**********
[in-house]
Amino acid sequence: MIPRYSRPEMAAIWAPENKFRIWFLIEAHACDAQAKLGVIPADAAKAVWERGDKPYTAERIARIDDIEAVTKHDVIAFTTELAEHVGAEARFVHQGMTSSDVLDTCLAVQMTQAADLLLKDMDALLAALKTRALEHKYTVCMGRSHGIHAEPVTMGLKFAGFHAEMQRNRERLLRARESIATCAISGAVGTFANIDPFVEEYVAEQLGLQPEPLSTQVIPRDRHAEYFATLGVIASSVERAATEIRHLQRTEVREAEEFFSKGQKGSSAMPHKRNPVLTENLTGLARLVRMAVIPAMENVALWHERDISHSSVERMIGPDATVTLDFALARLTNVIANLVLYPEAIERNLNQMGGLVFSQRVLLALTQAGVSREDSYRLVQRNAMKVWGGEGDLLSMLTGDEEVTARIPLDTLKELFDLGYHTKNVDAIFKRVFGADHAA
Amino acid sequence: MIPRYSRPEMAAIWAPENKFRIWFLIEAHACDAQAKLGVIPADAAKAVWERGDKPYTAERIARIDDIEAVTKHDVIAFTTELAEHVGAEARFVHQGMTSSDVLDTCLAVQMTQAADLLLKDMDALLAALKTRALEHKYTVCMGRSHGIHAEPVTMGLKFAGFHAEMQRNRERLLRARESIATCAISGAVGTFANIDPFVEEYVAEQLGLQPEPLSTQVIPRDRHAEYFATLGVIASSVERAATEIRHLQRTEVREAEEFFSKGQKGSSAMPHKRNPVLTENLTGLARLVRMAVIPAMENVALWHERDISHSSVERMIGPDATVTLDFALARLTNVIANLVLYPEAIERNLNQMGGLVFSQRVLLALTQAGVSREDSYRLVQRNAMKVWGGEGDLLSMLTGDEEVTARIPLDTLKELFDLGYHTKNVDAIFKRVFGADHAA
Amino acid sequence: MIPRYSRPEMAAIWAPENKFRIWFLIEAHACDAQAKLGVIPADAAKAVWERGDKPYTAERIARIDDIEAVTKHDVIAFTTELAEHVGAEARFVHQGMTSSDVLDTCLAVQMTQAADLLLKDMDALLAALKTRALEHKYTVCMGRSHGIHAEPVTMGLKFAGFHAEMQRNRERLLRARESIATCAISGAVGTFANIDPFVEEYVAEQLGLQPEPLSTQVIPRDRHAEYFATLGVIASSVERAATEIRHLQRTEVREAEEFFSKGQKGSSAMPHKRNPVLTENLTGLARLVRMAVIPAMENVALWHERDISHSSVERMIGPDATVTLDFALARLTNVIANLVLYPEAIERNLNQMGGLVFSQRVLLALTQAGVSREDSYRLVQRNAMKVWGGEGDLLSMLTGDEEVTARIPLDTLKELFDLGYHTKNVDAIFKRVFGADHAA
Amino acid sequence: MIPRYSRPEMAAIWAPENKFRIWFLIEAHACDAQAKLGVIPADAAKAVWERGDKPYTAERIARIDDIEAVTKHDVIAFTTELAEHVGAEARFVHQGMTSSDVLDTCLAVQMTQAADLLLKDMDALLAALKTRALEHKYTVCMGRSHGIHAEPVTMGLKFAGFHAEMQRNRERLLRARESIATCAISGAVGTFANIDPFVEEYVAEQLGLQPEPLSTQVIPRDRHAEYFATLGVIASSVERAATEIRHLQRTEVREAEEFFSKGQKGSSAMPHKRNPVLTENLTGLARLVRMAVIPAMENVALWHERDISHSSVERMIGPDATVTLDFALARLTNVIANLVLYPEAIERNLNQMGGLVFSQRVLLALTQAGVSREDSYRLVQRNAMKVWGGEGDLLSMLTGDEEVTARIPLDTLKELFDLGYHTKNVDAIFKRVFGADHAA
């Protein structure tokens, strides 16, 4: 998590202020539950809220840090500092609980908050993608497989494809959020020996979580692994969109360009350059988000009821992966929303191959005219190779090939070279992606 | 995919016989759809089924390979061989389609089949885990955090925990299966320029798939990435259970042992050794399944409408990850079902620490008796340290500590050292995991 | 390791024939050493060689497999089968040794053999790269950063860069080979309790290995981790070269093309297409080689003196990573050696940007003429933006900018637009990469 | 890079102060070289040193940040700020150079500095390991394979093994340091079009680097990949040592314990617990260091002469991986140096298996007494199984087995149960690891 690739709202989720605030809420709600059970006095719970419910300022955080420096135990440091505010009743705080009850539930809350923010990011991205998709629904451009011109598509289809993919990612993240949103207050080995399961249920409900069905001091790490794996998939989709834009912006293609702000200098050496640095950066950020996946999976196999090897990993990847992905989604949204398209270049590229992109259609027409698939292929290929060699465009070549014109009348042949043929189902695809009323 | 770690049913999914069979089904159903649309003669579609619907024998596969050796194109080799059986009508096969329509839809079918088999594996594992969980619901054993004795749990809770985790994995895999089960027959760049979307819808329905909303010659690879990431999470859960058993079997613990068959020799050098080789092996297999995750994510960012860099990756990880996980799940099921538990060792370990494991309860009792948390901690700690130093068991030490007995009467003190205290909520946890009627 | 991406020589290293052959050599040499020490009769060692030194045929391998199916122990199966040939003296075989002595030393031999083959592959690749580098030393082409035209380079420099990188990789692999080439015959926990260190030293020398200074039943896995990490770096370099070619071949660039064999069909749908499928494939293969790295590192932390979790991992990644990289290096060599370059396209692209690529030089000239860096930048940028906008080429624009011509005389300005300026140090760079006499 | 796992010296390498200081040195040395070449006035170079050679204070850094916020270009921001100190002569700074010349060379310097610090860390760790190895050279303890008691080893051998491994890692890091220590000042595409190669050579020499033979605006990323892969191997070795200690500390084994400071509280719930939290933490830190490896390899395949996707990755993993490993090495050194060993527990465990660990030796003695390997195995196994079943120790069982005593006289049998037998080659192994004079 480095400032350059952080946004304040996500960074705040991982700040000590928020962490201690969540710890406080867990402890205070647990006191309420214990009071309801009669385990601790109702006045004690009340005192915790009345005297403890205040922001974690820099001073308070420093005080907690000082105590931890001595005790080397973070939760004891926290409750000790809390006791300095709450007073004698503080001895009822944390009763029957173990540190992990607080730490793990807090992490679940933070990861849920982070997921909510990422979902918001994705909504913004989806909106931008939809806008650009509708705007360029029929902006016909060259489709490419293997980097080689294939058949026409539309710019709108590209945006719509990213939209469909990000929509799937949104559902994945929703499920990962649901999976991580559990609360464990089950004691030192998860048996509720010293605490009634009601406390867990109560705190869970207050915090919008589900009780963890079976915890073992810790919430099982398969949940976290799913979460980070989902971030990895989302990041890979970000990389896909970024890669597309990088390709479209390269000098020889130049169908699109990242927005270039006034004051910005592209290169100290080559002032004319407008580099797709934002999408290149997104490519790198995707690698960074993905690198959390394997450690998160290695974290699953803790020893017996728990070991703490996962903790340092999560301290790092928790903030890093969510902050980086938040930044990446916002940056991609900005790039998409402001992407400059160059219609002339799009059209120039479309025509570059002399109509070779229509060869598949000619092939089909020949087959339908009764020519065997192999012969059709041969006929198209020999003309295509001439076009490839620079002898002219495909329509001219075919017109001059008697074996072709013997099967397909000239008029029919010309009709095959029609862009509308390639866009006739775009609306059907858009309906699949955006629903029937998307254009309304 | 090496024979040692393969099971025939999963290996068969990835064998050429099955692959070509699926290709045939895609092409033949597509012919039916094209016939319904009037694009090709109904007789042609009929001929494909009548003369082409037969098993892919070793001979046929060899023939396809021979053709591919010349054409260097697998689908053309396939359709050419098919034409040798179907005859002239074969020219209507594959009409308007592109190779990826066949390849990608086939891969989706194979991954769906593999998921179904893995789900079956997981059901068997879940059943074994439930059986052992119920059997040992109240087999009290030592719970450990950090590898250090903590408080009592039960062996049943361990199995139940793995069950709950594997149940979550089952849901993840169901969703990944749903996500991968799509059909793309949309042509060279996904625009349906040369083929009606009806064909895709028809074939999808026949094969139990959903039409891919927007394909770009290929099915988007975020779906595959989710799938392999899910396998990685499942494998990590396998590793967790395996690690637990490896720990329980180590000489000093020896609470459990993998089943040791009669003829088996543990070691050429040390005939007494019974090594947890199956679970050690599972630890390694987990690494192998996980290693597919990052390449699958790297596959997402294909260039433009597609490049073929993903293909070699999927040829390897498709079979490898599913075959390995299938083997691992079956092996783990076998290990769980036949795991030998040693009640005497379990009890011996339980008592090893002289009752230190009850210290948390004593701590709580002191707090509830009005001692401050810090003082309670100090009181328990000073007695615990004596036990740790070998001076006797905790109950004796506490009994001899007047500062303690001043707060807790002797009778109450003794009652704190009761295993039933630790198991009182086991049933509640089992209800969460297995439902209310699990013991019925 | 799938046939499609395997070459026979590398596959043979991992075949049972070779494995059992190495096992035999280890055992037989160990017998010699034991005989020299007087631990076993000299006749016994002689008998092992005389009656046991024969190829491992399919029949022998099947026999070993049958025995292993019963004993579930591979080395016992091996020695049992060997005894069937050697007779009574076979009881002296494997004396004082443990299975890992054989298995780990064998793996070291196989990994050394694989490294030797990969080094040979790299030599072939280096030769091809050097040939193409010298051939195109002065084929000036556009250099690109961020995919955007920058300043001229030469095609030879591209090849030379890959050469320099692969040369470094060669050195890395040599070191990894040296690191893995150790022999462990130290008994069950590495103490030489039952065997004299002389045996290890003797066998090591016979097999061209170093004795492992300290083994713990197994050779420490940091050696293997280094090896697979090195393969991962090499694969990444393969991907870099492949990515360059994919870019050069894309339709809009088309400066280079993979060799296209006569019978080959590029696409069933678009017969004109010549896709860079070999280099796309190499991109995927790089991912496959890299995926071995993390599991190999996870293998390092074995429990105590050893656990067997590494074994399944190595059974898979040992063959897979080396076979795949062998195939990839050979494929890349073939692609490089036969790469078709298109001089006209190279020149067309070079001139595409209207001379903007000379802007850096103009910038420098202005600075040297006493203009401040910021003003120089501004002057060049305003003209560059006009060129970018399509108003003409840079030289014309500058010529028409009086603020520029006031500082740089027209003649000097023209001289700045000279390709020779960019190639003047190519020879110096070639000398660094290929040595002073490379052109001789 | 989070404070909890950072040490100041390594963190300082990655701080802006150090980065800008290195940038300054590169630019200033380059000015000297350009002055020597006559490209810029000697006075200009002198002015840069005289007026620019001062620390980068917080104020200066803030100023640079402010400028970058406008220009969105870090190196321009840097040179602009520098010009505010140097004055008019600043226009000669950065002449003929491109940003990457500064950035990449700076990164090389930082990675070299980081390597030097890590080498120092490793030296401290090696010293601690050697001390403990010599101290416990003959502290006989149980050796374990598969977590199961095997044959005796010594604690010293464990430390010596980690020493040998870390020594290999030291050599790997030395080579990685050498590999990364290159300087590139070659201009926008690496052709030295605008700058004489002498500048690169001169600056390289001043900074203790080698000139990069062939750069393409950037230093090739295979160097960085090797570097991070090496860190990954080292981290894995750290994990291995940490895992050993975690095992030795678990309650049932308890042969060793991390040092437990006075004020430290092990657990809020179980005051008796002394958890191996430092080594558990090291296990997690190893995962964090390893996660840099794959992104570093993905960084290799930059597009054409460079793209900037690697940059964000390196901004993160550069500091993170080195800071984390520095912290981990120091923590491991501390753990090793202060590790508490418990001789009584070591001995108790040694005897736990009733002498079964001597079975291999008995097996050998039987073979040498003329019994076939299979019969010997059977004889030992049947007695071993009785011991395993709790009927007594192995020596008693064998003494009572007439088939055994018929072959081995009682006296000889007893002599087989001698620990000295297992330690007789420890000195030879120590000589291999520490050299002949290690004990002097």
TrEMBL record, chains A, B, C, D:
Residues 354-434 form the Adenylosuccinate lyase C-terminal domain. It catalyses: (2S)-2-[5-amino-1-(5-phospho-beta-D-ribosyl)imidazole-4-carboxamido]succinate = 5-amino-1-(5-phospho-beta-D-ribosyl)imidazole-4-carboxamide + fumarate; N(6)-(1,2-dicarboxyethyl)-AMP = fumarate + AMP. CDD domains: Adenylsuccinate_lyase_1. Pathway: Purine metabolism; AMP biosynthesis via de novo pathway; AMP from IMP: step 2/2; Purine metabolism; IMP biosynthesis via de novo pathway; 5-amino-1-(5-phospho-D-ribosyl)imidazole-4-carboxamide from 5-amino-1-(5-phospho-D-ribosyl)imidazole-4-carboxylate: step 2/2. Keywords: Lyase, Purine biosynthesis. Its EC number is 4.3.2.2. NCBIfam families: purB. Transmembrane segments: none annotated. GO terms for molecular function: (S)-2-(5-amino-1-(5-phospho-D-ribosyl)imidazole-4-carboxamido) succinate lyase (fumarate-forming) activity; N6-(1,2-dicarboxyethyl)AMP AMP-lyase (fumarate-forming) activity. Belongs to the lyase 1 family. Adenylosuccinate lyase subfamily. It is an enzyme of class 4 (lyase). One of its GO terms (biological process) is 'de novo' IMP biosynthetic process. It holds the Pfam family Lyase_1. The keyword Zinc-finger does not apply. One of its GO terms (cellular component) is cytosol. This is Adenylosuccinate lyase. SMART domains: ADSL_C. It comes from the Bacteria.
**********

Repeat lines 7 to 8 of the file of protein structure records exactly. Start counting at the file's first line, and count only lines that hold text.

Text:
TrEMBL record, chains A, B, C, D:
Residues 354-434 form the Adenylosuccinate lyase C-terminal domain. It catalyses: (2S)-2-[5-amino-1-(5-phospho-beta-D-ribosyl)imidazole-4-carboxamido]succinate = 5-amino-1-(5-phospho-beta-D-ribosyl)imidazole-4-carboxamide + fumarate; N(6)-(1,2-dicarboxyethyl)-AMP = fumarate + AMP. CDD domains: Adenylsuccinate_lyase_1. Pathway: Purine metabolism; AMP biosynthesis via de novo pathway; AMP from IMP: step 2/2; Purine metabolism; IMP biosynthesis via de novo pathway; 5-amino-1-(5-phospho-D-ribosyl)imidazole-4-carboxamide from 5-amino-1-(5-phospho-D-ribosyl)imidazole-4-carboxylate: step 2/2. Keywords: Lyase, Purine biosynthesis. Its EC number is 4.3.2.2. NCBIfam families: purB. Transmembrane segments: none annotated. GO terms for molecular function: (S)-2-(5-amino-1-(5-phospho-D-ribosyl)imidazole-4-carboxamido) succinate lyase (fumarate-forming) activity; N6-(1,2-dicarboxyethyl)AMP AMP-lyase (fumarate-forming) activity. Belongs to the lyase 1 family. Adenylosuccinate lyase subfamily. It is an enzyme of class 4 (lyase). One of its GO terms (biological process) is 'de novo' IMP biosynthetic process. It holds the Pfam family Lyase_1. The keyword Zinc-finger does not apply. One of its GO terms (cellular component) is cytosol. This is Adenylosuccinate lyase. SMART domains: ADSL_C. It comes from the Bacteria.